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Suicide Squad (2016) Movie Review

After the ill-fated release of Batman vs. Superman, DC has been controversial for hyping up movies then not living up to their own potential. Suicide Squad (2016) is an, even more, riskier project because of its relatively lesser-known characters than the aforementioned blockbuster. Spoilers ahead.

The Plot: After the events of BvS, intelligence operative Amanda Waller (Viola Davis) assembles Task Force X, a group containing one of the most dangerous criminals in the DCU.

The Good: David Ayer’s direction was top-notch. He showcased each character well in the running time of 123 minutes. In my opinion, Will Smith really stood out from the rest of the cast, and that’s due to his charisma in such roles. I loved his performance in Hancock (2008), and he showcases his caliber in playing another anti-hero.

I know most of my friends who are reading this would wonder when I would mention Margot Robbie’s portrayal of Harley Quinn. And so here you have it: She was a doll. Not only was she wonderful to look at, but she acted quite well. Jared Leto’s theatrics as The Joker are in no way to be ignored, and despite being in the picture for a lesser screentime, he did play his part to the fullest.

I think it’s unfair to compare Leto’s Joker with Heath Ledger. I mean Ledger did do immaculate justice to the role but Leto gave his own stellar persona to the world’s most infamous villain. And I applaud Suicide Squad on being a movie where The Joker was shown less but had as much as an impact as he could in the feature.

I also liked the comic parts which really helped move the story along. And this is where Smith’s Deadshot and Robbie’s Quinn really outdid themselves by having a strange on-screen chemistry, the same way they did in the movie Focus (2015). They complemented each other well as much as Quinn and Joker did in this venture.

Cinematography-wise, the film is really lit up well. Although, it does seem the majority of the flick was shot in a way to induce epilepsy, the overall look of the exhibition had style, and SS has an emphasis on style. The action sequences are truly adrenaline-pumping, especially those featuring Deadshot and Quinn. Not every SS member is given an ample amount of screen-time, but the direction of the action scenes incorporating them were superbly shot. Even though members like Katana and Killer Croc seem under-used, they did add a great deal of versatility towards the end. It’s sad how Slipknot had so little screentime though.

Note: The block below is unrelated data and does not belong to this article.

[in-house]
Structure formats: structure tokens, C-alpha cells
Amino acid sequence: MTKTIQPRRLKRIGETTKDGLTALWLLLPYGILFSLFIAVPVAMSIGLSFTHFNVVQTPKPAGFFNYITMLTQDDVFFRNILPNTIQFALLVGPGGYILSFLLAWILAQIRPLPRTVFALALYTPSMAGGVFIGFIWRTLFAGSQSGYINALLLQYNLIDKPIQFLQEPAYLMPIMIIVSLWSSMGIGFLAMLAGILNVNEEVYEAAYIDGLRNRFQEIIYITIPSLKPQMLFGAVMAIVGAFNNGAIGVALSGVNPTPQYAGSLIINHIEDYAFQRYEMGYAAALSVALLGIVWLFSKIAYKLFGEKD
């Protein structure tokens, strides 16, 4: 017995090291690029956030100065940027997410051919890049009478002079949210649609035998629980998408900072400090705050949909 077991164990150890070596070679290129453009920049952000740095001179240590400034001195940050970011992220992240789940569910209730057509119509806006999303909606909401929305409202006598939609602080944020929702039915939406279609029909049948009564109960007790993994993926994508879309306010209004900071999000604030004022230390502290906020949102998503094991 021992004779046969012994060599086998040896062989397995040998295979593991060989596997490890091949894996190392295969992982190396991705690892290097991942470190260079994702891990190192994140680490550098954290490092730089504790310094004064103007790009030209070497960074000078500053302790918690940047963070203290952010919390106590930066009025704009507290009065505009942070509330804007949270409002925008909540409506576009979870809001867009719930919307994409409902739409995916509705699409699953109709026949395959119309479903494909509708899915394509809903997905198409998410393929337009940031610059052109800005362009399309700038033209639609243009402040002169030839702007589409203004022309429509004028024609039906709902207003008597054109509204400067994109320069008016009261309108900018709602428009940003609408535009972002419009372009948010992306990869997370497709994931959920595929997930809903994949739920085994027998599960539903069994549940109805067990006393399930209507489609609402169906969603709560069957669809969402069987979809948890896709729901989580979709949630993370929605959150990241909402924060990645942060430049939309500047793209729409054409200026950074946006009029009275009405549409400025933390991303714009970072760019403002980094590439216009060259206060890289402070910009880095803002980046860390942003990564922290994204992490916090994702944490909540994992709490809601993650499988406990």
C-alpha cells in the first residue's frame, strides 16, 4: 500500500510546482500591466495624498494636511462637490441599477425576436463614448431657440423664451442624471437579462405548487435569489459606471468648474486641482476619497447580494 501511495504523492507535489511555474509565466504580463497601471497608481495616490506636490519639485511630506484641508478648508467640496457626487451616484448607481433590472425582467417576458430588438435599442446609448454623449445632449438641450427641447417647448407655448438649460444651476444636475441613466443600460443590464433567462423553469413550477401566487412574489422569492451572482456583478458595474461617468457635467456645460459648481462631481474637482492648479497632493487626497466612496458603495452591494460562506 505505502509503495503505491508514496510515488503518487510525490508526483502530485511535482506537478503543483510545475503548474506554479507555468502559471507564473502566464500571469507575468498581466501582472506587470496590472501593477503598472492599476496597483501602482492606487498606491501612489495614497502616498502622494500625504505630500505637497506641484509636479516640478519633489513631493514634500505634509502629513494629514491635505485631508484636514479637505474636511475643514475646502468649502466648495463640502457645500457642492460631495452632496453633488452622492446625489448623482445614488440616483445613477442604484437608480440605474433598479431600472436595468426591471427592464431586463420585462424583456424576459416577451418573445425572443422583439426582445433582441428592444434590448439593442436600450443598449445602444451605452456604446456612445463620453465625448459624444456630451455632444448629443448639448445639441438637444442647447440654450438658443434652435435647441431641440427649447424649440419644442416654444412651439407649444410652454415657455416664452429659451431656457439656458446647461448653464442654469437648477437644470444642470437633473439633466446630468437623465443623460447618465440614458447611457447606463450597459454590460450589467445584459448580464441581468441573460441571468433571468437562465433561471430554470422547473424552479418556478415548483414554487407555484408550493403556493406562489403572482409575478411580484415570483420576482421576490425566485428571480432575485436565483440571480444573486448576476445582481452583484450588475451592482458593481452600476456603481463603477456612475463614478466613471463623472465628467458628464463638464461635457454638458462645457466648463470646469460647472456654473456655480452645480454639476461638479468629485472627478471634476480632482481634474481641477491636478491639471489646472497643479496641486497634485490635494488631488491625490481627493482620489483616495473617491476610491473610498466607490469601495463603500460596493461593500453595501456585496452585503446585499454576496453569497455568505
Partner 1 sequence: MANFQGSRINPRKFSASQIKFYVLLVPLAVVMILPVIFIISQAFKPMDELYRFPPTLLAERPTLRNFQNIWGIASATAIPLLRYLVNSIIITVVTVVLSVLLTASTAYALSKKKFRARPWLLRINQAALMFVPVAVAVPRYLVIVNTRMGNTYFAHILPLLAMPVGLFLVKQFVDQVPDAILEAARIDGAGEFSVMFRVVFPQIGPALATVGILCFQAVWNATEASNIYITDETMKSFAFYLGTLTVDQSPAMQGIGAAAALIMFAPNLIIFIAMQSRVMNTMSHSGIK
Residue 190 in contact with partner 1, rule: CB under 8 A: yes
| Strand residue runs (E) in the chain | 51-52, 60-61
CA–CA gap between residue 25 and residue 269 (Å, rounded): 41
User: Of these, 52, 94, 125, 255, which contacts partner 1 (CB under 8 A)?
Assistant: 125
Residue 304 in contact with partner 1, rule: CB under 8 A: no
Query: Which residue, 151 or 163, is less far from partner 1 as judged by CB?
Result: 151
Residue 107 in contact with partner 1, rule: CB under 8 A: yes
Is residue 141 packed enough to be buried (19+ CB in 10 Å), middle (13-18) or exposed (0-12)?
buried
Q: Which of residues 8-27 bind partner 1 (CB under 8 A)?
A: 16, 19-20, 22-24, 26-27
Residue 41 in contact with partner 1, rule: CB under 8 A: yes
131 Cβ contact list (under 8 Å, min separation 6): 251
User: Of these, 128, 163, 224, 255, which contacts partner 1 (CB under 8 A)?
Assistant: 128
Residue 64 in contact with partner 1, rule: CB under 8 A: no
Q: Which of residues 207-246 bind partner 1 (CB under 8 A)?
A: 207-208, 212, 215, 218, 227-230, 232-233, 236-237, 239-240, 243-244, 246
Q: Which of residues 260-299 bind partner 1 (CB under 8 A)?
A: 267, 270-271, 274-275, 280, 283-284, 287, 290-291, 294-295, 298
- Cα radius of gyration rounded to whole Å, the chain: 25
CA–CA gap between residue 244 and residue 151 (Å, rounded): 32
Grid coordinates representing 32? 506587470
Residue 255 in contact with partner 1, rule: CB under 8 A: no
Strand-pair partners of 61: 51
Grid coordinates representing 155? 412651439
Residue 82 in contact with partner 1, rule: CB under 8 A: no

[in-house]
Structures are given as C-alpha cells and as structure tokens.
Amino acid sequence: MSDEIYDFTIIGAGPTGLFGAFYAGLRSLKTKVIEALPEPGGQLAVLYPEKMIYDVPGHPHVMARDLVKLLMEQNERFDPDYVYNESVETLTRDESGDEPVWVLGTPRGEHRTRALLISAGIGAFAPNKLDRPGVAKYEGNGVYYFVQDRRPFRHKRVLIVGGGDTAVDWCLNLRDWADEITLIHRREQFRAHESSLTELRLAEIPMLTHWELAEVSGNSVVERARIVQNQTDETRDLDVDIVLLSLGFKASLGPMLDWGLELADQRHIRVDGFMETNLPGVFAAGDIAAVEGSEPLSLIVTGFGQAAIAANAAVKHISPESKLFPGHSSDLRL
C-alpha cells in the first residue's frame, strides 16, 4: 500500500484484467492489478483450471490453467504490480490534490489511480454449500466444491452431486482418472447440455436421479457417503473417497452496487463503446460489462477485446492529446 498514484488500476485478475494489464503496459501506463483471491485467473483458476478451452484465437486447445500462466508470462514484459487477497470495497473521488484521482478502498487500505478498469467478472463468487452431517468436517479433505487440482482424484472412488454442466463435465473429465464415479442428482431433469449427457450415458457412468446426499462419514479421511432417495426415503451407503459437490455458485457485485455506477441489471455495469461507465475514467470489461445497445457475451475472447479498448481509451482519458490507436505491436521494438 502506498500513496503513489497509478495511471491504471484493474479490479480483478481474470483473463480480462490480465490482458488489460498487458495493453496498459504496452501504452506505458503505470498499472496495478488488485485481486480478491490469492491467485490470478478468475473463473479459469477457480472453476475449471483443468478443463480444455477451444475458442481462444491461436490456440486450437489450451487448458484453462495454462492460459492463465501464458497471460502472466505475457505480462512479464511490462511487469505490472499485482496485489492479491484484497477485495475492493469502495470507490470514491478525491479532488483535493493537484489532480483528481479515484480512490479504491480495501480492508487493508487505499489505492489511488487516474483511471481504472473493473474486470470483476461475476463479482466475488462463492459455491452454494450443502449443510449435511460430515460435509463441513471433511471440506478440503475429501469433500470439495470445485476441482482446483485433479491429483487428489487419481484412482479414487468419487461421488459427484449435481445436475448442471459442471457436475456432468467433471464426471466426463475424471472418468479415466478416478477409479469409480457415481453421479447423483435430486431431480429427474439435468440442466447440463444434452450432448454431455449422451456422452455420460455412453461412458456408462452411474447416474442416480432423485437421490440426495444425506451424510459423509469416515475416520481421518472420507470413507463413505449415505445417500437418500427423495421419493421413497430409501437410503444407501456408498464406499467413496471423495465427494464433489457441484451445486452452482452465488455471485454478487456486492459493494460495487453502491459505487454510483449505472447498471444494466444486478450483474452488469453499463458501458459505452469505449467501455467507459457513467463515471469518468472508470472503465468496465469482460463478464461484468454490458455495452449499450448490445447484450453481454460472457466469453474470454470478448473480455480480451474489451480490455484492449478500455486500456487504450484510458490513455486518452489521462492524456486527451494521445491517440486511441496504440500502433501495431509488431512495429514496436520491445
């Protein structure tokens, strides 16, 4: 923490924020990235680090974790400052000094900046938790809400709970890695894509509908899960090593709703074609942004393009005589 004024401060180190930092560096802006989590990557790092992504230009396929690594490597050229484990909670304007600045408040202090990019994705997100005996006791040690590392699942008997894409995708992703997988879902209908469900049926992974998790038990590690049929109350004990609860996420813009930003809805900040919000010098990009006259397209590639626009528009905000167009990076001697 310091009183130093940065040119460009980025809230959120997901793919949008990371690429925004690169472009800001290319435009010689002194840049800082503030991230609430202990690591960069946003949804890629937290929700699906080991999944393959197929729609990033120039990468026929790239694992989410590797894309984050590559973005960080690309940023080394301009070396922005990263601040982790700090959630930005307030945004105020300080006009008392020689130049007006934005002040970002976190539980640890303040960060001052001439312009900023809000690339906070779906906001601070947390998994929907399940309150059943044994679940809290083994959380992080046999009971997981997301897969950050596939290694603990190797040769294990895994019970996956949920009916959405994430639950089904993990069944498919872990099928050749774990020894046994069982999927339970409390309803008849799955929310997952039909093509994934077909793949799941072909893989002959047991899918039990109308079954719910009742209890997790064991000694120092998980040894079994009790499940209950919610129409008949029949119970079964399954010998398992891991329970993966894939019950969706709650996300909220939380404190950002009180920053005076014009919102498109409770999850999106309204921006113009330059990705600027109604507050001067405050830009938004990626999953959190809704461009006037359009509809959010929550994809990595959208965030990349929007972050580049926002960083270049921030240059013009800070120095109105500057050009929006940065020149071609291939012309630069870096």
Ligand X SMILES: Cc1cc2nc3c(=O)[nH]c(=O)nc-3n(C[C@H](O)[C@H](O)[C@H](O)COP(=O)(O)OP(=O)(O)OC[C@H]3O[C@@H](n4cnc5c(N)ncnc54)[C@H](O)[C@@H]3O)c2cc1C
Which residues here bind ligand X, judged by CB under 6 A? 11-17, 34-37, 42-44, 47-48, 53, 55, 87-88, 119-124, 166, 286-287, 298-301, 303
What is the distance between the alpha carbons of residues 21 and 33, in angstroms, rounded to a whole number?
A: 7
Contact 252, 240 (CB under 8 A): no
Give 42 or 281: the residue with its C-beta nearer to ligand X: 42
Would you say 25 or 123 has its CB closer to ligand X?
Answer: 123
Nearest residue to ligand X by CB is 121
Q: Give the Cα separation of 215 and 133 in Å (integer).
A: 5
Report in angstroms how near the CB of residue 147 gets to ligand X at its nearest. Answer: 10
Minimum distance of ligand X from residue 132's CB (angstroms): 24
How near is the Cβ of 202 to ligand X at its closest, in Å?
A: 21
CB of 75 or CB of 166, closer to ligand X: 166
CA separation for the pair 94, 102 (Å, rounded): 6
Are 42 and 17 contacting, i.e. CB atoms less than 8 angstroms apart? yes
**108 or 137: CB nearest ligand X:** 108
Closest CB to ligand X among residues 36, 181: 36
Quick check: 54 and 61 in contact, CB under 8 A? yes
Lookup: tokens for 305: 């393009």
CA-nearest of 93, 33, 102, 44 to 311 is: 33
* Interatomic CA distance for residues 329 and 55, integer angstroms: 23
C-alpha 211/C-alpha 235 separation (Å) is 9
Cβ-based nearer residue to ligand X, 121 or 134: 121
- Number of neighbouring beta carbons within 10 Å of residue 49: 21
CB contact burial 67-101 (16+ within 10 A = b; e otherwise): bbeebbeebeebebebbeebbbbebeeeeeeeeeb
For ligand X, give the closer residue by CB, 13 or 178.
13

Another positive factor I noticed is that the movie gets better as much as it progresses. This is largely due to the start being poorly made, but as the pace moves along we get to broaden our horizons, that this is a team of anti-heroes. And that’s where the uniqueness of SS lies.

The bar scene was also enthralling. Despite some mediocre storytelling in between sequences, the footage of such fiends being shown together at one place, and the righteous Rick Flag (Joel Kinnaman) taking a seat next to them is simply brilliant. The story of Diablo’s past really hit us in the head that why this individual is so afraid of his powers. But if this sequence was shown earlier, then it might’ve been better, as there’s a dissatisfaction when this realization has been reached.

The Bad: From onset to the ending, there is one continuous error, and that is the central storyline. Not only is it average, but the follow-through by screenwriter Ayer rendered it a confusing mess. In the end, we’ll just be dying to guess what the majority of the team’s motives were.

And I mean the only one truly crazy in the group was Harley Quinn. Deadshot was a father so his reason for staying does mean he has a stronger moral compass than the rest of the group. But the characters aren’t all that interesting. Although, the actors and actresses are not to blame as they gave their all in the depictions.

But the worst character was that of Enchantress played by Cara Delevingne. I’m not sure what turned me off here, it was either the character was poorly designed or just that the actress didn’t suit the role. When you reach the movie’s third act, the CGI effects are so poorly enchanted on Enchantress that you’d wonder whether employing Smith and Robbie was worth the cost of such bad quality visuals. The effects of the third act also made me wonder whether this was comedy-action or action-comedy.

For a film that boasts on the action, the ending was supremely anti-climatic. You still have to love that part where four SS members see their wildest fantasies coming true, and Diablo (Jay Hernandez) tells them that it’s not real. This part was the strongest sequence of Suicide Squad, and only if the entire duration had this much depth, the narrative would’ve justified the screenplay.

The Verdict: Suicide Squad lives up to its title by showcasing a group that has nothing to lose ethically. It might not be the best-written comic-book adaptation, it’s a stronger viewing after the initial half has passed, and the ending might not be justifiable to the plot, but it was still satisfactory in terms of what you see is what you get.

Nisar Sufi
Content Writer, Indie Horror Author, Book Reviewer, Film Critic and Fortune Teller @knowthyfuture
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